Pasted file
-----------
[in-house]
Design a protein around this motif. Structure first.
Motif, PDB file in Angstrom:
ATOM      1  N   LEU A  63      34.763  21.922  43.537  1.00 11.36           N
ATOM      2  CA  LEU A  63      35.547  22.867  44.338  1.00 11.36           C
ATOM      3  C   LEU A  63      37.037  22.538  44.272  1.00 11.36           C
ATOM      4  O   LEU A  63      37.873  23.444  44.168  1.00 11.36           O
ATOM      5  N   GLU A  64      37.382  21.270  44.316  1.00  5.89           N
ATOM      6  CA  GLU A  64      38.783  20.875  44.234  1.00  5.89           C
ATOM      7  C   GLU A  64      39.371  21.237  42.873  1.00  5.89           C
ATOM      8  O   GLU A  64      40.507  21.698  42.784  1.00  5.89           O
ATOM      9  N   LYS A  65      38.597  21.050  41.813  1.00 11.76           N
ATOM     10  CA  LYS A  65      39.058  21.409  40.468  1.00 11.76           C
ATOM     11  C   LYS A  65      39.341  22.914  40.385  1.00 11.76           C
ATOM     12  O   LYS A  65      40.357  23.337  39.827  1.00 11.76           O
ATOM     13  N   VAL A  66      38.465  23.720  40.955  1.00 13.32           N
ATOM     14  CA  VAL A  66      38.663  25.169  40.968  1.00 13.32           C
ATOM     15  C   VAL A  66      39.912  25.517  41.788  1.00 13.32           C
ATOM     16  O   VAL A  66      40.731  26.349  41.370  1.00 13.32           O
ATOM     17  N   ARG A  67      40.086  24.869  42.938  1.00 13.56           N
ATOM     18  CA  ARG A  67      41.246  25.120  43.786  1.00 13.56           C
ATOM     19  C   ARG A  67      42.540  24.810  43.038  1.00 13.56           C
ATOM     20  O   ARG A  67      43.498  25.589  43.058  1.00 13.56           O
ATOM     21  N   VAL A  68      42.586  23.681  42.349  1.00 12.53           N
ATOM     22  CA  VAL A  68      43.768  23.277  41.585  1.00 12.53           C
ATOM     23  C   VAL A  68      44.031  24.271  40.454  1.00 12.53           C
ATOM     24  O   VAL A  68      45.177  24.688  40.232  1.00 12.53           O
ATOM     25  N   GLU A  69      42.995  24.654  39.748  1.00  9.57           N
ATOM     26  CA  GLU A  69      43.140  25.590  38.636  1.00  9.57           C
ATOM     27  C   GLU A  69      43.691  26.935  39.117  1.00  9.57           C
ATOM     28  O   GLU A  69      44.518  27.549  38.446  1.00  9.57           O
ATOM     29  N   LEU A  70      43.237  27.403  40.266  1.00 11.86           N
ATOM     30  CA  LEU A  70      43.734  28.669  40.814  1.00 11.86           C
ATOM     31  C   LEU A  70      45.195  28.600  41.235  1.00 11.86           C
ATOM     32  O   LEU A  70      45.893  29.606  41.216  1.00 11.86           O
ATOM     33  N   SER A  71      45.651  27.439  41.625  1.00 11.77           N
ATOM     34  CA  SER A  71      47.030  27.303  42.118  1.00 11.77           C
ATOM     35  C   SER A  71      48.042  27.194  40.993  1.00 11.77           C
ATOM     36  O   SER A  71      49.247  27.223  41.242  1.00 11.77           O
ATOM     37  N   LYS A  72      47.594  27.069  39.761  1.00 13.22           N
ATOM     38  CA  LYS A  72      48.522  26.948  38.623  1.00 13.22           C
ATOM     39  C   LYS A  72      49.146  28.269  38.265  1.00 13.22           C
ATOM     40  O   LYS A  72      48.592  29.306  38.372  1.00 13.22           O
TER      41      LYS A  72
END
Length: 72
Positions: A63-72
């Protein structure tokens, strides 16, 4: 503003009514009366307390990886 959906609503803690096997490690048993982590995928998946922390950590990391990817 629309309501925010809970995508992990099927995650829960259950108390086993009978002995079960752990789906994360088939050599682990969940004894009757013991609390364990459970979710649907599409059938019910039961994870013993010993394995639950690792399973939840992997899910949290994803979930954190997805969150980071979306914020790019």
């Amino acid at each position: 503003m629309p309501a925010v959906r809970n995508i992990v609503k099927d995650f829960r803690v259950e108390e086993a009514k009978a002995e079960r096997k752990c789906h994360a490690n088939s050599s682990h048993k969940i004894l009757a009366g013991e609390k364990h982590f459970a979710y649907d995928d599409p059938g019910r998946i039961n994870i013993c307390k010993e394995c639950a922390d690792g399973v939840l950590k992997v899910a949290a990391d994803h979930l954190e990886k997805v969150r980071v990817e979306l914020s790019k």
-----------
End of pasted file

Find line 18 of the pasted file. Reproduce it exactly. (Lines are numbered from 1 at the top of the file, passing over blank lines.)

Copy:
ATOM     15  C   VAL A  66      39.912  25.517  41.788  1.00 13.32           C